Criminalized Mothers, Criminalizing Mothering: An Interview with Editor Joanne Minaker


Criminalized Mothers, Criminalizing Mothering (Demeter Press, February 2015) is a collection

of scholarly and creative writing on the fastest-growing prison population worldwide: women

and mothers. The anthology examines processes through which mothers are criminalized,

both in the justice system and via social regulation. Demeter Press spoke with editor Joanne

Minaker about her motivation for creating the book and the significance of its message.


Demeter Press: In the introduction to Criminalized Mothers, Criminalizing Mothering, you say

that it is the first book to examine both the experiences of mothers criminalized through

criminal justice processing and extra-legal regulation of mothering in marginalized social

locations. Can you explain these two processes and why it is important to examine both?


Joanne Minaker: Mothers are criminalized in a multitude of ways and their experiences with

various societal institutions dramatically impact their mothering, their being, and the well-

being of their children. When we recognize how imprisonment and living “behind bars” is a

widespread experience for mothers cross-culturally and across social locations, then we can

begin to challenge the forces of social exclusion, oppression, and dehumanization that plague

the lives of mothers and children, especially the most marginalized. Criminalization is the

extreme end of social processes that regulate, control, and otherwise govern the lives of

mothers. Given that over two-thirds of criminalized women are mothers, there is a significant

link between motherhood and criminalization that has yet to be fully explored. This book

begins to address the complex processes at work in the criminalization and regulation of

motherhood—from mothers living with HIV to mothers experiencing domestic violence.


DM: Why do you think it has taken so long to make this connection in the academic literature

and popular media?


JM: So long as women who offend the law are deemed deviant “Others” to men and to

conforming women, their experiences are obscured, which reinforces the dichotomy between

“good girls” and “bad girls.” By illustrating what women criminalized through law share with

non-criminalized women, we hope to complicate prevalent understandings of “criminal

mothers.” The connection we see between mothers who are incarcerated and those who are

viewed as criminal and/or deviant rests in the power of censuring discourses and othering

strategies that operate in systems beyond police/courts/corrections.


DM: For readers unfamiliar with this topic, Criminalized Mothers, Criminalizing Mothering may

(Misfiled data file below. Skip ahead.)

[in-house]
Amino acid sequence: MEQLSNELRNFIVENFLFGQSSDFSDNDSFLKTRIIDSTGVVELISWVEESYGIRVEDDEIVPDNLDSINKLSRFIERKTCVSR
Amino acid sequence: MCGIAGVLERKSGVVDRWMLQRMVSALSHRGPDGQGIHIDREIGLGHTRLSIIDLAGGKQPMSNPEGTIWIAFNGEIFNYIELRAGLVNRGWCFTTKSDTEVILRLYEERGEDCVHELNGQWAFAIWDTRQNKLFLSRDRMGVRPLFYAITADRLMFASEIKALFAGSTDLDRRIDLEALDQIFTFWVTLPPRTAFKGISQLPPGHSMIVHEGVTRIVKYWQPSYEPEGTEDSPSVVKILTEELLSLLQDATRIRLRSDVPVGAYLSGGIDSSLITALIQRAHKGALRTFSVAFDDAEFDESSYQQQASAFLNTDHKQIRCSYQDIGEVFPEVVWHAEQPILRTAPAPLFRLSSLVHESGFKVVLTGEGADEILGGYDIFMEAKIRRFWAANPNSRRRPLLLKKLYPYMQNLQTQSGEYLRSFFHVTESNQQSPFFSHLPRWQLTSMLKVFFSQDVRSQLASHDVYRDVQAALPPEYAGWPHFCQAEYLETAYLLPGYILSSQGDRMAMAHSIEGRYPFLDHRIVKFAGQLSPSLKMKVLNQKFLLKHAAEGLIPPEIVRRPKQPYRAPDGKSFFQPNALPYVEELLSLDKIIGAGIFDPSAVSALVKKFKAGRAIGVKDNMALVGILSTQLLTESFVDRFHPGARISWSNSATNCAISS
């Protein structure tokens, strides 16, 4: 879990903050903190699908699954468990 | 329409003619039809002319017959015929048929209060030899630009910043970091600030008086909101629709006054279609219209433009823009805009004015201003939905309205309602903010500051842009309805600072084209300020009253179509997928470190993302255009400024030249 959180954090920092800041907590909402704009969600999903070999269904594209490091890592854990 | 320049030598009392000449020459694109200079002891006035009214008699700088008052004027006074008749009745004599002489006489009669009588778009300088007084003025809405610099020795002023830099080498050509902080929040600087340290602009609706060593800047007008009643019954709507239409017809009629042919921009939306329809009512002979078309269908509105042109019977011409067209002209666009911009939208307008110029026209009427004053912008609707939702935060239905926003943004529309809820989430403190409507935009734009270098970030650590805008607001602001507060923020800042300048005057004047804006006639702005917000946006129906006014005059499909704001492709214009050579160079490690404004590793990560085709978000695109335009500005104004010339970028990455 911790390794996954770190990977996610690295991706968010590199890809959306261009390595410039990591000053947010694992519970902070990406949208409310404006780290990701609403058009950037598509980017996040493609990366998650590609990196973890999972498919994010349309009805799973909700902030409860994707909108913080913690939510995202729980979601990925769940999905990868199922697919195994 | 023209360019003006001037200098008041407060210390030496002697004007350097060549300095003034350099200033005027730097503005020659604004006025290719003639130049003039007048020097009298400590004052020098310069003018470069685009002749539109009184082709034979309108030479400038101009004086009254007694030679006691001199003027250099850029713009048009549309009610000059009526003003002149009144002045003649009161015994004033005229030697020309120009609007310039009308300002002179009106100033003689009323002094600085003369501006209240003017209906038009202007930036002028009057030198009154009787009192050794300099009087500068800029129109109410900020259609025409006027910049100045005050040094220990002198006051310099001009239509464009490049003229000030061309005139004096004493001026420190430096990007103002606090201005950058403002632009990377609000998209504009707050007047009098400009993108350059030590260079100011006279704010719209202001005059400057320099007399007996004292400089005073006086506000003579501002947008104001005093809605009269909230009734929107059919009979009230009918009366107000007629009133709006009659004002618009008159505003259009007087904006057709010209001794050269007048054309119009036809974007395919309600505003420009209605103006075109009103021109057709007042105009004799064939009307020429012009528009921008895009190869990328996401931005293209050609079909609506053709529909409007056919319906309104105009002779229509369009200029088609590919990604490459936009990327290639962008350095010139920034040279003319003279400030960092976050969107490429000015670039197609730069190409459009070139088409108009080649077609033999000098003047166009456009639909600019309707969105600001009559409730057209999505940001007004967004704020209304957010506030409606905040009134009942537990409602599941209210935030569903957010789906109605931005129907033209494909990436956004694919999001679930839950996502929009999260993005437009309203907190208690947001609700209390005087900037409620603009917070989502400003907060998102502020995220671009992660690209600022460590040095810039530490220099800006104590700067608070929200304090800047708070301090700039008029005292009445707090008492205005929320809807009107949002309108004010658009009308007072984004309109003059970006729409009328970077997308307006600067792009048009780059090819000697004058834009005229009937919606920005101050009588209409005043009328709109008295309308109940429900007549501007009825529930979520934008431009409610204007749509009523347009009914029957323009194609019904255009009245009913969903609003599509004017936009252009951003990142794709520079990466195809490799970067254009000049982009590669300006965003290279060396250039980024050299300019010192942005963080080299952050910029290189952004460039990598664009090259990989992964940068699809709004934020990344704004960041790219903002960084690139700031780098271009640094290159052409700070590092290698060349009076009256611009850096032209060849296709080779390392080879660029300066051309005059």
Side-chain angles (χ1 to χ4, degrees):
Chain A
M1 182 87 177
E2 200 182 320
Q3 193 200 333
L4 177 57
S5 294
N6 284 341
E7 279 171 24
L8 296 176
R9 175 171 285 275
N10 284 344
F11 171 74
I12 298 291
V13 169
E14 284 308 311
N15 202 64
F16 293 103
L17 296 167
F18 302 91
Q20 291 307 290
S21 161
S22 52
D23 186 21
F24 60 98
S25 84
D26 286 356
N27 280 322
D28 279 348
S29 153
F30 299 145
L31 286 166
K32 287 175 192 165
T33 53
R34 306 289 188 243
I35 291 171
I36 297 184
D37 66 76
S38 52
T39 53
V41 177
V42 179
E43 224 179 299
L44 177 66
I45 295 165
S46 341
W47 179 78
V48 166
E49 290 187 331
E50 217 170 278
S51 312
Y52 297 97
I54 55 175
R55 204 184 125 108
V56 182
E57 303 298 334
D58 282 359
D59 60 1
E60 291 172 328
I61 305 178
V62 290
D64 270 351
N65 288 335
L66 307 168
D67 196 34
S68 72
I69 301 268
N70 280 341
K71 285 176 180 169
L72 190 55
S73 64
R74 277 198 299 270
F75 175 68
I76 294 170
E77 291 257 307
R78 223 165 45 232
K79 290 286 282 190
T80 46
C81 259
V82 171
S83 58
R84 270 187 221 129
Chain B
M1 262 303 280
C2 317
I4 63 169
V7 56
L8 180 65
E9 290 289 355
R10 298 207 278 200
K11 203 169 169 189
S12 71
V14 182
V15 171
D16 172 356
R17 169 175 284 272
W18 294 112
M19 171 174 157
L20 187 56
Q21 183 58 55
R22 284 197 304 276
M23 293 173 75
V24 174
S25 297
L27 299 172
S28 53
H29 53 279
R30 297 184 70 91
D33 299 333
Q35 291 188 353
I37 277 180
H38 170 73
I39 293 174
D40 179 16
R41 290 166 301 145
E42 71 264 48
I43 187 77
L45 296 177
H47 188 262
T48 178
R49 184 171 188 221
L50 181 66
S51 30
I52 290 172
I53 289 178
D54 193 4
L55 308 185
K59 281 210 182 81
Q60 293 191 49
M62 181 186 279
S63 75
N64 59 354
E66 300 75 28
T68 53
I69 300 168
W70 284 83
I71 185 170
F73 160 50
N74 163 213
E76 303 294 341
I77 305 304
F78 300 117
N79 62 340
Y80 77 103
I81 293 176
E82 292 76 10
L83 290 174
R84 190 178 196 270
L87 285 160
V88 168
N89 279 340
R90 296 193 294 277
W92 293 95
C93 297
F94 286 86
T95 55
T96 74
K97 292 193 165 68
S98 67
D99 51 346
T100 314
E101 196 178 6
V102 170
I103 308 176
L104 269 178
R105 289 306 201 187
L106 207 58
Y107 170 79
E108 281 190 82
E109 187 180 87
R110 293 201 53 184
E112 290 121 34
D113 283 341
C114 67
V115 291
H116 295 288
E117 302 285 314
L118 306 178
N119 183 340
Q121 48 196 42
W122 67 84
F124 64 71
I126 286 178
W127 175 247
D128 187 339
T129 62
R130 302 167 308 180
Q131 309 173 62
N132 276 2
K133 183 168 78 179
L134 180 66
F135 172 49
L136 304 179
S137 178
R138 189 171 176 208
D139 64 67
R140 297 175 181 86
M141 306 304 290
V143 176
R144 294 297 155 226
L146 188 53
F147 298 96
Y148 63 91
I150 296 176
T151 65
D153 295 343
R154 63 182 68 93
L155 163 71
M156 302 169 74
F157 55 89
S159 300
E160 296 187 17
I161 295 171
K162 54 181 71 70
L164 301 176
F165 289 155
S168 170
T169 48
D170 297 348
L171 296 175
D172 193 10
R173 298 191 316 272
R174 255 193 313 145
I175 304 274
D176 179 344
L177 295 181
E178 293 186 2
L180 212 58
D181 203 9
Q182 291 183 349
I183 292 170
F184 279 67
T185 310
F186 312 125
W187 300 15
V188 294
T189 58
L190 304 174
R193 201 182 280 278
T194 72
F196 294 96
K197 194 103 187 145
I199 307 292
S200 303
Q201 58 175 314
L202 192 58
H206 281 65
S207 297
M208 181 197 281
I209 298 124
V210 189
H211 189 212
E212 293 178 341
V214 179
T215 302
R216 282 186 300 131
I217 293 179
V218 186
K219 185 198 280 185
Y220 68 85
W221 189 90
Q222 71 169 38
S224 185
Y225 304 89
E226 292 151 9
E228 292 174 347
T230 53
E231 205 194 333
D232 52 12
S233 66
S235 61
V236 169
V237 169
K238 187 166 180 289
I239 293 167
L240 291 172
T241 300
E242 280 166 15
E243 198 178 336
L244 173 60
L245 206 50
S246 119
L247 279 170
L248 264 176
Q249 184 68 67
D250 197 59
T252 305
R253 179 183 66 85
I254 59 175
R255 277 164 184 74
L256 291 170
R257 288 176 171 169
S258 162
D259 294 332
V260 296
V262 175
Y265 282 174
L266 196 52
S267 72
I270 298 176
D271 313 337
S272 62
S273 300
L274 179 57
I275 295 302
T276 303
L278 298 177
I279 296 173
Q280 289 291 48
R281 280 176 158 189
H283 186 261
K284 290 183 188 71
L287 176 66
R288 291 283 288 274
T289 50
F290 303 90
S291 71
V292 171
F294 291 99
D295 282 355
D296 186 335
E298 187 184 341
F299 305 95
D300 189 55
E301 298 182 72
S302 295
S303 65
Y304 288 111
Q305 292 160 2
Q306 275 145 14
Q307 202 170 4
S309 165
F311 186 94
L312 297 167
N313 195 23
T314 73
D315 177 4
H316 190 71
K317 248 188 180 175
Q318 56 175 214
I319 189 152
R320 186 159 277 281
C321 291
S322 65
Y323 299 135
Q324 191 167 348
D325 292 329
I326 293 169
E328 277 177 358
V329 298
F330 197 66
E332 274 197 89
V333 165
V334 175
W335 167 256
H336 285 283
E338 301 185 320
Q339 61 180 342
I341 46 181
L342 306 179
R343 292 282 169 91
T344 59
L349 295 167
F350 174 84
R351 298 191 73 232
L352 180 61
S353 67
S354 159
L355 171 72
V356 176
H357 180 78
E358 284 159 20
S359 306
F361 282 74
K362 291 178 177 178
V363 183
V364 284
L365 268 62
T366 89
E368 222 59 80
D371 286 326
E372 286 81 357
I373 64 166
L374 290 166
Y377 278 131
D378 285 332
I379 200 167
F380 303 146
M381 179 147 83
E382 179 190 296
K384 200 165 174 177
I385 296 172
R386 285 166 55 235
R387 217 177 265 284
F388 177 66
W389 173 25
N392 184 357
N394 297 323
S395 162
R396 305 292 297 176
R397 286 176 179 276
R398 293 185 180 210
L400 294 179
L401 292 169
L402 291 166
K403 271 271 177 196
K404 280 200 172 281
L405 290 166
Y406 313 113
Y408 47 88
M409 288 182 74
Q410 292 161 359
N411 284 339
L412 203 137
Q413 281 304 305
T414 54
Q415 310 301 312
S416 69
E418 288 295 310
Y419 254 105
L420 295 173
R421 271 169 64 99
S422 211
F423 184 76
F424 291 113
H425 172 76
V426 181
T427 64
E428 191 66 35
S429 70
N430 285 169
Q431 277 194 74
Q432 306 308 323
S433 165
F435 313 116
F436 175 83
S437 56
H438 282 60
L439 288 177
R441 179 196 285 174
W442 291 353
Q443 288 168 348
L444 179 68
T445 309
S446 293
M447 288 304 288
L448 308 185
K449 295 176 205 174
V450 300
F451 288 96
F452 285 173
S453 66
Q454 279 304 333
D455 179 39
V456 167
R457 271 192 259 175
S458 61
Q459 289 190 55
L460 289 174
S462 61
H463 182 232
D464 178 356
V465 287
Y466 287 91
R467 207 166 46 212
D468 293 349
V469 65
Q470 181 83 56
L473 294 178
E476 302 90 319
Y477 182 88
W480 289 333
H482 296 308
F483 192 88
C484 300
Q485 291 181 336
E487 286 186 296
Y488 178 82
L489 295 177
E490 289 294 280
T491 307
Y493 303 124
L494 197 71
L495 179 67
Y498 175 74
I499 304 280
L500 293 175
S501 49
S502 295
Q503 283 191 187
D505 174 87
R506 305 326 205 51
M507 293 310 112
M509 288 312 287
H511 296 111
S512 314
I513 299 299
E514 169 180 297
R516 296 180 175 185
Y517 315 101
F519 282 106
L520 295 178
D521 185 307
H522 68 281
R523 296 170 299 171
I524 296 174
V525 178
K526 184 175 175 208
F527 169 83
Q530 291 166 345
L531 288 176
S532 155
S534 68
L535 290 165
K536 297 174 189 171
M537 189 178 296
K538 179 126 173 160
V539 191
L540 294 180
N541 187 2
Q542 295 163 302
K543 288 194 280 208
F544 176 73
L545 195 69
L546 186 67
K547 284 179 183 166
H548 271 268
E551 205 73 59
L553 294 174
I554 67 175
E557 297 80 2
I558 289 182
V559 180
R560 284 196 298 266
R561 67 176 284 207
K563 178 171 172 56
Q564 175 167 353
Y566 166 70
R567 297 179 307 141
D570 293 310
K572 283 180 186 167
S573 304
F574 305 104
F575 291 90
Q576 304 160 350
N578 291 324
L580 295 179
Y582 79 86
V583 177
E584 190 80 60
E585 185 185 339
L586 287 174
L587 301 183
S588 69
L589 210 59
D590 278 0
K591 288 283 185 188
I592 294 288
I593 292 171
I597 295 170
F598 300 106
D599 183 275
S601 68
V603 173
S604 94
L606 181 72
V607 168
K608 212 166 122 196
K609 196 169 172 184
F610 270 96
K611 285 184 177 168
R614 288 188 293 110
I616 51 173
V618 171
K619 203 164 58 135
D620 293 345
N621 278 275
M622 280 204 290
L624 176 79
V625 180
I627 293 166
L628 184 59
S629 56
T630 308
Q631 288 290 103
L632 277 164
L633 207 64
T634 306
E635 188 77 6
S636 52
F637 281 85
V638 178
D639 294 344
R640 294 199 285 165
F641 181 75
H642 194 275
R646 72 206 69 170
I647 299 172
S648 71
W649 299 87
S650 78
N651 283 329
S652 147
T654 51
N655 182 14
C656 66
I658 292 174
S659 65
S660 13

contain some surprising—even shocking—facts and statistics, for example, that women are

the fastest-growing population in prison, and that most of these women are mothers. What is

one thing you'd like readers to remember after reading your book?


JM: Empathy. I think it is most important to recognize both the similarities and the differences

between criminalized and non-criminalized mothers. The book validates the experiences of

women criminalized through the criminal justice system and extra-legal sites, like child welfare

and health care. This perspective exposes the challenges associated with maternal

criminalization and inspires creative care in developing more supportive spaces for all women

and children.


DM: The book contains research from Canada, the United States, Brazil, Trinidad and

Tobago, England, and Israel. Did you find any pertinent cross-cultural trends or themes?


JM: Although the book does not provide an exhaustive look at cross-cultural trends, the

inclusion of chapters beyond the confines of Canada or North America was important to us

because the status of women globally remains a feminist issue. One key similarity beyond

borders is how marginalized mothers face the greatest threat of criminalization.


DM: Why did you create this collection? What personal or professional interest do you have in

the topic?


JM: This collection was an opportunity for me to join my academic background in

criminology/socio-legal studies with my growing scholarship in sociology of motherhood/care.

I’m a Mom of three, so my interest in these questions is both theoretical and practical.

Criminalized Mothers, Criminalized Mothering is a collaboration rooted in the kind of love and

respect all mothers deserve. My co-editor, Bryan Hogeveen, who is Dad to my kids,

supported my desire to ask new questions and pursue a different direction in my scholarship.


DM: We’ll end with a question that you posed in the introduction to your book: What can be

done to support rather than criminalize mothers?


JM: Cared-for people care for people. To criminalize is to turn a person into a criminal. With

criminalization comes stigmatization, dehumanization, and practices that exclude, punish, and

“other.” The most marginalized women around the world face many struggles in their efforts to

care for their children and make ends meet. Rather than exacerbate their troubles and extend

the punitive arm of the state controlling recalcitrant behaviours, a far more humane and

supportive approach would be to welcome marginalized mothers within their communities.

When mothers consistently access appealing options and accommodating services they can

thrive. When the most marginalized mothers find kind and caring support, reliable resources,

education and training, childcare options, and work opportunities, they are empowered to

make positive and life-affirming changes in their lives. This book is intended to promote a

broader conversation about who cares, and under what conditions, in order to inspire

meaningful change.